WELCOME TO THE CFZ BLOG NETWORK: COME AND JOIN THE FUN

Half a century ago, Belgian Zoologist Bernard Heuvelmans first codified cryptozoology in his book On the Track of Unknown Animals.

The Centre for Fortean Zoology (CFZ) are still on the track, and have been since 1992. But as if chasing unknown animals wasn't enough, we are involved in education, conservation, and good old-fashioned natural history! We already have three journals, the largest cryptozoological publishing house in the world, CFZtv, and the largest cryptozoological conference in the English-speaking world, but in January 2009 someone suggested that we started a daily online magazine! The CFZ bloggo is a collaborative effort by a coalition of members, friends, and supporters of the CFZ, and covers all the subjects with which we deal, with a smattering of music, high strangeness and surreal humour to make up the mix.

It is edited by CFZ Director Jon Downes, and subbed by the lovely Lizzy Bitakara'mire (formerly Clancy), scourge of improper syntax. The daily newsblog is edited by Corinna Downes, head administratrix of the CFZ, and the indexing is done by Lee Canty and Kathy Imbriani. There is regular news from the CFZ Mystery Cat study group, and regular fortean bird news from 'The Watcher of the Skies'. Regular bloggers include Dr Karl Shuker, Dale Drinnon, Richard Muirhead and Richard Freeman.The CFZ bloggo is updated daily, and there's nothing quite like it anywhere else. Come and join us...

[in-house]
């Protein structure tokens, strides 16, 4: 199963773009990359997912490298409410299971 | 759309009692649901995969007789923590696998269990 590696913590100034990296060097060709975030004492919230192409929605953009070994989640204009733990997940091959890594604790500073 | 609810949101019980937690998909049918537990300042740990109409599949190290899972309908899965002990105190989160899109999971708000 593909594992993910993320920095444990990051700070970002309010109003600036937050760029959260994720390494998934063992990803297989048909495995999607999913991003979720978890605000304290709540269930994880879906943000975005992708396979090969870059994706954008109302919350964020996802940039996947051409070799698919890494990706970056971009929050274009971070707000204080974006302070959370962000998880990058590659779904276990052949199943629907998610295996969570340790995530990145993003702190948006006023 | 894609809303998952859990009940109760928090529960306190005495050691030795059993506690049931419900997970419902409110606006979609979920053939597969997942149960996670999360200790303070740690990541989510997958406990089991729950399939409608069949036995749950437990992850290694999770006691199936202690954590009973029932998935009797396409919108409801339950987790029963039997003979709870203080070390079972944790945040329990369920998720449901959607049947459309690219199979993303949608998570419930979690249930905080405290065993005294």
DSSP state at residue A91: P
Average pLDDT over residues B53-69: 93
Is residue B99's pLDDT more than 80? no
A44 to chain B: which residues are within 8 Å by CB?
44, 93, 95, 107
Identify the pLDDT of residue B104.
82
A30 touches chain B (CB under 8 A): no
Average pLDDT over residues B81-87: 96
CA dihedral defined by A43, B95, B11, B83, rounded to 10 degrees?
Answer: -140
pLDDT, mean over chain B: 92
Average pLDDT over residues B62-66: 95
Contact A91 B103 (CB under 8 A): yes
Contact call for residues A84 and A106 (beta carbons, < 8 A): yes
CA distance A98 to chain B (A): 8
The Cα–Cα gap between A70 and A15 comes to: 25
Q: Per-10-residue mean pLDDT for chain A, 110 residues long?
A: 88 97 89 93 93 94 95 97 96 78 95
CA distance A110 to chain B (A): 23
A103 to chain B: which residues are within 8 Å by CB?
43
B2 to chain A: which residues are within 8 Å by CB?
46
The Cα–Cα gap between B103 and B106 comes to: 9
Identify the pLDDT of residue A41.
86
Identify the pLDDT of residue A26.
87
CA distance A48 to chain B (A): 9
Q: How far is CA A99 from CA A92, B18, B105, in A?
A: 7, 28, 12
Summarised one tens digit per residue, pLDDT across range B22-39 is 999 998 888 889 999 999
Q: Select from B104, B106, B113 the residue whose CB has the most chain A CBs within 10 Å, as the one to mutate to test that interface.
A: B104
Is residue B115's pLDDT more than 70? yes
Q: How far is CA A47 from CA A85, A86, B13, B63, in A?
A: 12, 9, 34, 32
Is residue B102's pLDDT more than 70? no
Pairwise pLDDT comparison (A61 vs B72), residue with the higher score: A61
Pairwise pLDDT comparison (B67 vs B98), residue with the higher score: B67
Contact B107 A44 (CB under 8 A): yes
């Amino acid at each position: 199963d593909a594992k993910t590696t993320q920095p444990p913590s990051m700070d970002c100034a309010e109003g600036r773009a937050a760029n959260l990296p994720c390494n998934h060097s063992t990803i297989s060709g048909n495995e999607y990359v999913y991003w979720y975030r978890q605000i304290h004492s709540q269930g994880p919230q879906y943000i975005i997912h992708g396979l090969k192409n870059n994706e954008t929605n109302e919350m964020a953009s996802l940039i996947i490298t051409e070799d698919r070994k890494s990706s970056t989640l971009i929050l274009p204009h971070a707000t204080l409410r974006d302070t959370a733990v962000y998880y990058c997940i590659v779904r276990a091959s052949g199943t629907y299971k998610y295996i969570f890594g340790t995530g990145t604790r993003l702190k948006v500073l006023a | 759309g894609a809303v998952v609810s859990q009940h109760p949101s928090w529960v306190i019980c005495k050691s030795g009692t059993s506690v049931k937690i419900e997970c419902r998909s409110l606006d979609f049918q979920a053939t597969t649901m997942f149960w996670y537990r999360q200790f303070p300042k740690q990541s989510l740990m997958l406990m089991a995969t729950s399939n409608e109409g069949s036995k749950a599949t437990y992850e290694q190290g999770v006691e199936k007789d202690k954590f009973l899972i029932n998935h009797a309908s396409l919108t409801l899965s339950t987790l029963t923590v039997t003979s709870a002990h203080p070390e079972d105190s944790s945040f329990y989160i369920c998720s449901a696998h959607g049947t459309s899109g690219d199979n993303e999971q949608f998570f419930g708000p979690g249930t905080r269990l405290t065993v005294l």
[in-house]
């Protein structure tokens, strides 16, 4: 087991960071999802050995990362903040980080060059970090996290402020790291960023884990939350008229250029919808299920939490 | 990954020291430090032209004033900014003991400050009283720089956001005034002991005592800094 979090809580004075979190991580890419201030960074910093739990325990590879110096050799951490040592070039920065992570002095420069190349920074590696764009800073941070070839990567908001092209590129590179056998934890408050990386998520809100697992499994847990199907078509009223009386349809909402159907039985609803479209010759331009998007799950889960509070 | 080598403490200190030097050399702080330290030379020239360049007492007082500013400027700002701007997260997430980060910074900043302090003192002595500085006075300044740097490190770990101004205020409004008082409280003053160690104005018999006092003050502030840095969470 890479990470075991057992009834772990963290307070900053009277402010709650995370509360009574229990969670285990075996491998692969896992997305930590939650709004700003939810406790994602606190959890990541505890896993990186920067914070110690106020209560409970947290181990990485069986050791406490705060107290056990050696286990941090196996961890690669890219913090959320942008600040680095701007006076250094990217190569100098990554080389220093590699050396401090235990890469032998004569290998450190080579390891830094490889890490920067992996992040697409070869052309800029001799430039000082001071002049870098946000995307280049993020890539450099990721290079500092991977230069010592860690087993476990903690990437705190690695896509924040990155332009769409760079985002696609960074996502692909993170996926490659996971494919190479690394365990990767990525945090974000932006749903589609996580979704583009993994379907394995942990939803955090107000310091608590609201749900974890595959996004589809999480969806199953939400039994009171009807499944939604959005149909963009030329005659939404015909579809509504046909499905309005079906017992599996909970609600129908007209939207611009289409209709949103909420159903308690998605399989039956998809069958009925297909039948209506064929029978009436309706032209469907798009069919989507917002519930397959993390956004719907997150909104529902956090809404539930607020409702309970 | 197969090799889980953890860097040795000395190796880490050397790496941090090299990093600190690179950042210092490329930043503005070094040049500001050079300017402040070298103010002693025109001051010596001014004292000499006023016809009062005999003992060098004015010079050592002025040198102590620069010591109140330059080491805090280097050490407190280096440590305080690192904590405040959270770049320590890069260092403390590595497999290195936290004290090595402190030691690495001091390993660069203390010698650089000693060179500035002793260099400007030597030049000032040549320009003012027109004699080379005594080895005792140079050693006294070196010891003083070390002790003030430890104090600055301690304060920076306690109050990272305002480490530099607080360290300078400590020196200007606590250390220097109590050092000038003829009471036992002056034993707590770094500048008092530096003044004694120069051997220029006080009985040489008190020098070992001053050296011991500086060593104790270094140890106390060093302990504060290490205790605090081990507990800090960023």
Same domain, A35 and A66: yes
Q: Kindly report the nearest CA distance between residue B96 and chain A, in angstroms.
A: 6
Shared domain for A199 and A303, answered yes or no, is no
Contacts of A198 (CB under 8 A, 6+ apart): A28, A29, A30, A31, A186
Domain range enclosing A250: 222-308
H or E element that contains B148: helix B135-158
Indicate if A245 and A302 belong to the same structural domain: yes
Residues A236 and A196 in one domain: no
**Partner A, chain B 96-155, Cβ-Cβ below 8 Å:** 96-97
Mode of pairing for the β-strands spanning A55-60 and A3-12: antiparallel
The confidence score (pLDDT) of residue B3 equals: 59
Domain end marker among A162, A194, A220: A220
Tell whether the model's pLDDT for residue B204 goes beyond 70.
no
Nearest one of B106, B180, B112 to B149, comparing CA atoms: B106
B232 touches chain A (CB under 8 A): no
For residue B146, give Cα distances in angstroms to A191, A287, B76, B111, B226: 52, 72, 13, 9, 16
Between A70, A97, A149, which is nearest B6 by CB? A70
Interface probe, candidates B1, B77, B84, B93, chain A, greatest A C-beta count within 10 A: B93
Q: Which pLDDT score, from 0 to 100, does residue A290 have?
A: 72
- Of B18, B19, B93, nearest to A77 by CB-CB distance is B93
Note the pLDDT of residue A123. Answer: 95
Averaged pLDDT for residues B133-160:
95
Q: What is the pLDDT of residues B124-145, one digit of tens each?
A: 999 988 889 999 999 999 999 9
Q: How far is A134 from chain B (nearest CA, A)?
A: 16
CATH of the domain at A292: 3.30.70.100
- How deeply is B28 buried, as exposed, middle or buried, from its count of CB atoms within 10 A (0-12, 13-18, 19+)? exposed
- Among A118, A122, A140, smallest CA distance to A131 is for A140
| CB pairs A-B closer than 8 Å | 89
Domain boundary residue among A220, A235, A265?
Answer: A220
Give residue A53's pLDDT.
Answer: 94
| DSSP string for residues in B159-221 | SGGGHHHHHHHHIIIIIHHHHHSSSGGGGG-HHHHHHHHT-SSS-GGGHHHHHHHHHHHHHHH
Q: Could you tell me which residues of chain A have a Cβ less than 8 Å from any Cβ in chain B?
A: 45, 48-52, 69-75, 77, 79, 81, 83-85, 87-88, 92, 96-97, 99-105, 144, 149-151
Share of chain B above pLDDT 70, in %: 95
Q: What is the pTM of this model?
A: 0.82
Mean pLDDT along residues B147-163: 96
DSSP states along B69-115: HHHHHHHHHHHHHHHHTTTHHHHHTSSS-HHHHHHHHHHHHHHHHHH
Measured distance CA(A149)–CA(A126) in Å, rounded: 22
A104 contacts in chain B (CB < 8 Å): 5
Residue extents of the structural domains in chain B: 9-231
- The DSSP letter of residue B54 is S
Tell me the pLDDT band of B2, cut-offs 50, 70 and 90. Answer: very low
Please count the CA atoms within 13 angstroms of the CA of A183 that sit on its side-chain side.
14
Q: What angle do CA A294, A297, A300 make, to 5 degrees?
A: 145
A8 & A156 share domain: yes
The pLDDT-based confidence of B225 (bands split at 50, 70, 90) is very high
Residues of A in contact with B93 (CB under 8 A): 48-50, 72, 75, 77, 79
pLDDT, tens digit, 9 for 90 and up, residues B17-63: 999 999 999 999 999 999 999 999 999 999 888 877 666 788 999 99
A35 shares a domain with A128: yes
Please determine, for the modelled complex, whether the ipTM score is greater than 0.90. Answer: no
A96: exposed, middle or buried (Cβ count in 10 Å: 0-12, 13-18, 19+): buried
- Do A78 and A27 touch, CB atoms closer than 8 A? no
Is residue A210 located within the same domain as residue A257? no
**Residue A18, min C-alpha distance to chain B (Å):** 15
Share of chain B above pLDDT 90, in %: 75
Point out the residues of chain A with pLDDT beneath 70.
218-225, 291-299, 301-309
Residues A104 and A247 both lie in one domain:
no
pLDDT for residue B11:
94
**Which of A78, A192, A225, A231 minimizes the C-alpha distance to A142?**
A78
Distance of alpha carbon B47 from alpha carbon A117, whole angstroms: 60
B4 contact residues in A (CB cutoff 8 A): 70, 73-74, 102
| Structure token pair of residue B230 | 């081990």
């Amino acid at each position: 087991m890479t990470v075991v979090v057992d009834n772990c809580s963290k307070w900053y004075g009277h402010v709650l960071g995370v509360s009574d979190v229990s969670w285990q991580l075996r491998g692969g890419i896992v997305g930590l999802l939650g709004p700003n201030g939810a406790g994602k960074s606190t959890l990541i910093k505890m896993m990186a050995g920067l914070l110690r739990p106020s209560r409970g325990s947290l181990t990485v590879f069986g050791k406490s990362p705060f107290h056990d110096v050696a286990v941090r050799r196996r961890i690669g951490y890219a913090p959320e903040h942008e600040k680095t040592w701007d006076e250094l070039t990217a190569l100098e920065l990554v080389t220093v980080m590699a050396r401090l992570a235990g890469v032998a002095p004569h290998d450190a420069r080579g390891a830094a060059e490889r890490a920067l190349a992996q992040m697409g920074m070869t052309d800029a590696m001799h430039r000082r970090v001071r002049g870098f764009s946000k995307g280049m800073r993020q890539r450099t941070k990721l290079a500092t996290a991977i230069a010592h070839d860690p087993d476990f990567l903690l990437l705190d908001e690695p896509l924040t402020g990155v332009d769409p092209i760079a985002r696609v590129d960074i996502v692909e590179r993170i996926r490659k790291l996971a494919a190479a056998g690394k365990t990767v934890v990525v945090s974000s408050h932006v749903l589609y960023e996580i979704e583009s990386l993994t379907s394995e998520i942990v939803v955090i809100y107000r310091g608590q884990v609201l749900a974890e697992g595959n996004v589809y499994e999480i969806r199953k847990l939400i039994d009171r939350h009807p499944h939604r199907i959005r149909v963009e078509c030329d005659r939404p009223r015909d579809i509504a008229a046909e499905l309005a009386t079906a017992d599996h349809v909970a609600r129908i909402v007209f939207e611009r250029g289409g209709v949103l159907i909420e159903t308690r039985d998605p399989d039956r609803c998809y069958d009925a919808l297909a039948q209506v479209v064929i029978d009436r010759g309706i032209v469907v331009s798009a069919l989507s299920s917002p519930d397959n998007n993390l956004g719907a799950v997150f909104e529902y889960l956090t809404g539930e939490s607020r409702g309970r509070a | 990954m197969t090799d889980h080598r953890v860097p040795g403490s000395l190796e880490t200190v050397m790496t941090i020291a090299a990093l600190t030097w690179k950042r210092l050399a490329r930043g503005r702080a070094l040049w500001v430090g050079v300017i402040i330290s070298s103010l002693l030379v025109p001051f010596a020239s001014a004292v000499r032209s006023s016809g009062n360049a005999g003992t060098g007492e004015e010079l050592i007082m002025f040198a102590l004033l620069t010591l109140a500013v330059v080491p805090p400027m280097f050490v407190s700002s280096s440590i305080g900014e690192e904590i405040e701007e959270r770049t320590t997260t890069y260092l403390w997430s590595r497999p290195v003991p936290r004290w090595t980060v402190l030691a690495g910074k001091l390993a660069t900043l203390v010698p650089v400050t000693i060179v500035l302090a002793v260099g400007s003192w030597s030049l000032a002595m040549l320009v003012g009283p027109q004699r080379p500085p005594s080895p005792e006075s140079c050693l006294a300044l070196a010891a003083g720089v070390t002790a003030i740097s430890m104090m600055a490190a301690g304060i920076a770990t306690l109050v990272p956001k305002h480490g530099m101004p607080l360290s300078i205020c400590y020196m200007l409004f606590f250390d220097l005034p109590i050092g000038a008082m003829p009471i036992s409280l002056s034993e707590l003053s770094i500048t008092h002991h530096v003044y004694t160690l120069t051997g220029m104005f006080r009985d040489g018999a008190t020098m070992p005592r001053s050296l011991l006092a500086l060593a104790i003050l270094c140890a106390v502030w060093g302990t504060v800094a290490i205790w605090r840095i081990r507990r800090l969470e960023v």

A Special Offer

A Special Offer

New CFZ Titles at a bargain Price

        

Search This Blog

Loading...

Thursday, December 23, 2010

ANOTHER PIECE OF POTENTIALLT EXCITING NEWS FROM THE INDIA EXPEDITION

I have been saving this nice little titbit for Christmas Eve. Whilst in India the team examined the pelt of a red panda shot in the Garo Hills during the 1960s. This is particularly interesting because there are none of these animals known nearer than Bhutan. At the very least this is evidence for a marked extension of their known range.

However, it may be even more interesting. Compare the tail with the animals pictured here. This may of course be due to bleaching from the sun or a similar cause but samples have been sent to Lars Thomas, who is working through quite a backlog of CFZ related stuff at the moment.



Watch this space.

4 comments:

Adam Davies said...

The gentleman in the photo is a Surgeon who shot the creature in Balpakram. After Jon had examined the horns, he asked me if we would like to go to his house to examine the red panda .I think Dave was the first to notice, that the black lines on the tail are very fient/non-existant. The hide was kept very well indeed by this highly educared man.It is a light colour ,because it was when it was alive.
Its early days , but it could well be a new sub species of red Panda.
right,its 8.55 a.m. and I`m off to climb some hills in the snow, like the nutcase I am!

Max Blake said...

The tail is a little darker than red pandas I have come across, but the banding is still obvious. It is likely down to being an individual with a slightly darker tail than most, which over the years has lost the really bright white on the bands.

Also, unless the Garo Hills (Meghalaya) are a different set of hills, they are only 100-150 miles away from Bhutan. This is not a massive distance, and I would suggest that the pelt shows that the red panda has undergon a range contraction in the 40 years, not an expansion.

Steve Jones said...

well the tail on the garo one does look to have bands on it Jon ,albeit faint ones.

Dirk said...

Hi Adam,
can you please get in touch with me about the red panda skin and the person you photographed.
Thanks !